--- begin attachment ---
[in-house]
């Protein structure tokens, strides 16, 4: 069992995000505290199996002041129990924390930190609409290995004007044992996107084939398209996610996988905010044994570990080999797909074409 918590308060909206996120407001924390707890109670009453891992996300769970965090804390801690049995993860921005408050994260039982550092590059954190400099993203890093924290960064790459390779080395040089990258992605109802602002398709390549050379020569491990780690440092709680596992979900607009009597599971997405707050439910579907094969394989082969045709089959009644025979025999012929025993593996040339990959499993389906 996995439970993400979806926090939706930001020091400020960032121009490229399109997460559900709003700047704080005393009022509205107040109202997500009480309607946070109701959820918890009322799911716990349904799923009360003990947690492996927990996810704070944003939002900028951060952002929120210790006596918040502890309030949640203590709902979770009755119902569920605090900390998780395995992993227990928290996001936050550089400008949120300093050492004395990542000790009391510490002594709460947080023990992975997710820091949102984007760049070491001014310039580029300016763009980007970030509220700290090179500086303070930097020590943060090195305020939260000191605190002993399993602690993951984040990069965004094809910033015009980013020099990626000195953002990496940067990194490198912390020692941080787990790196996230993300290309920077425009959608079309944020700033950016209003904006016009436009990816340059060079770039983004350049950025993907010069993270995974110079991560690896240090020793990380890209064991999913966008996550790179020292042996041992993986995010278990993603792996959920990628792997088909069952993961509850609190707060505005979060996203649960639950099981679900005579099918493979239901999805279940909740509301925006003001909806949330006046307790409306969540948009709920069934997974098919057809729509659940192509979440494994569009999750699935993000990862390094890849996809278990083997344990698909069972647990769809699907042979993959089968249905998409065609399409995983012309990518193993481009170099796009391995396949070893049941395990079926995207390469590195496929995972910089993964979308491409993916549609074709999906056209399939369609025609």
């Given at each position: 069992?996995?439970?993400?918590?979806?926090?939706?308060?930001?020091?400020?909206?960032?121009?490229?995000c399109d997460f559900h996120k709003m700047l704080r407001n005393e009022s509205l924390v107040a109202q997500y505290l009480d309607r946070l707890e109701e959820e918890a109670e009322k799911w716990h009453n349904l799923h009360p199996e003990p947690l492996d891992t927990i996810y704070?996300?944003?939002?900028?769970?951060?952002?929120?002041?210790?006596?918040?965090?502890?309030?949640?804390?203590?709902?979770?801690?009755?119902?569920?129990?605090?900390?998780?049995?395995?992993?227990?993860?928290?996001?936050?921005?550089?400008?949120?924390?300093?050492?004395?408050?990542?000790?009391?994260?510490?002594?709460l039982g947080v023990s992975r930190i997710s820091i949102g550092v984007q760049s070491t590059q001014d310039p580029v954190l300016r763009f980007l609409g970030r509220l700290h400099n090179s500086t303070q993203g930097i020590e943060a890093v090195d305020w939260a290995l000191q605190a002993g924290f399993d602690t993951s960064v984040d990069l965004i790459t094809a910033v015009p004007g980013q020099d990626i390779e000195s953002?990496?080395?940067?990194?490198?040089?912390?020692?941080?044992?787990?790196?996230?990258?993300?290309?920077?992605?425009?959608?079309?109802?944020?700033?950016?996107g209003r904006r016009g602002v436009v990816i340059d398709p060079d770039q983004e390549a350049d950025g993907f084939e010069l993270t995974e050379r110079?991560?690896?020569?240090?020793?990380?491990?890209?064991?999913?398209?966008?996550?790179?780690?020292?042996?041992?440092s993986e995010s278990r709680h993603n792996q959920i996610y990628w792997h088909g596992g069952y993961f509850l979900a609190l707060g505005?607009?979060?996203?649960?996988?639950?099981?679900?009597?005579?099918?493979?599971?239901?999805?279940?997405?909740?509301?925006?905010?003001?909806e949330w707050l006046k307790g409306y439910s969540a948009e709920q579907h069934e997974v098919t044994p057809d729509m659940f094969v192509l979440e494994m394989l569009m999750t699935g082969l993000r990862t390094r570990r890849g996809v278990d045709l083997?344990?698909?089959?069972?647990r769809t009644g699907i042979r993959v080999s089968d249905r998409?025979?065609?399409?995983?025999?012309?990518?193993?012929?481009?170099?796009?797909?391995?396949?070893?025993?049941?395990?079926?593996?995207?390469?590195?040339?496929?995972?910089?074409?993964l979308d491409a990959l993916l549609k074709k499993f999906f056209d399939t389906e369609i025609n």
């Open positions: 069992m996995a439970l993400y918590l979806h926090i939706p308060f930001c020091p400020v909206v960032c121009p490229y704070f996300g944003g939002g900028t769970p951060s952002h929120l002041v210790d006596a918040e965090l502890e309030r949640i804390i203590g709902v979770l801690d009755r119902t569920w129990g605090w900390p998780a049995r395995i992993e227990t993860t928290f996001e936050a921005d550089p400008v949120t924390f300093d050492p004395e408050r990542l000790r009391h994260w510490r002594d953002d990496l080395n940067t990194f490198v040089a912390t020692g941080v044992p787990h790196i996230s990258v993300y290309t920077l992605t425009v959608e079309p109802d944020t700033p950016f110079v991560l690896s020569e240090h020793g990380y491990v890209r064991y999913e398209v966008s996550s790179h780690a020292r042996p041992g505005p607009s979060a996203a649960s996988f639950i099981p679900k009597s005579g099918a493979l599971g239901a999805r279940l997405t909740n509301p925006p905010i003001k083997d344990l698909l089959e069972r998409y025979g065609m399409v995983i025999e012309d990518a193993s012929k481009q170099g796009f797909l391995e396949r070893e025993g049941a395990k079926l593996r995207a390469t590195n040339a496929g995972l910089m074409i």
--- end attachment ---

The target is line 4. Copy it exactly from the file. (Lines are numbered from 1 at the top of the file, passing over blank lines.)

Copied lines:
């Open positions: 069992m996995a439970l993400y918590l979806h926090i939706p308060f930001c020091p400020v909206v960032c121009p490229y704070f996300g944003g939002g900028t769970p951060s952002h929120l002041v210790d006596a918040e965090l502890e309030r949640i804390i203590g709902v979770l801690d009755r119902t569920w129990g605090w900390p998780a049995r395995i992993e227990t993860t928290f996001e936050a921005d550089p400008v949120t924390f300093d050492p004395e408050r990542l000790r009391h994260w510490r002594d953002d990496l080395n940067t990194f490198v040089a912390t020692g941080v044992p787990h790196i996230s990258v993300y290309t920077l992605t425009v959608e079309p109802d944020t700033p950016f110079v991560l690896s020569e240090h020793g990380y491990v890209r064991y999913e398209v966008s996550s790179h780690a020292r042996p041992g505005p607009s979060a996203a649960s996988f639950i099981p679900k009597s005579g099918a493979l599971g239901a999805r279940l997405t909740n509301p925006p905010i003001k083997d344990l698909l089959e069972r998409y025979g065609m399409v995983i025999e012309d990518a193993s012929k481009q170099g796009f797909l391995e396949r070893e025993g049941a395990k079926l593996r995207a390469t590195n040339a496929g995972l910089m074409i």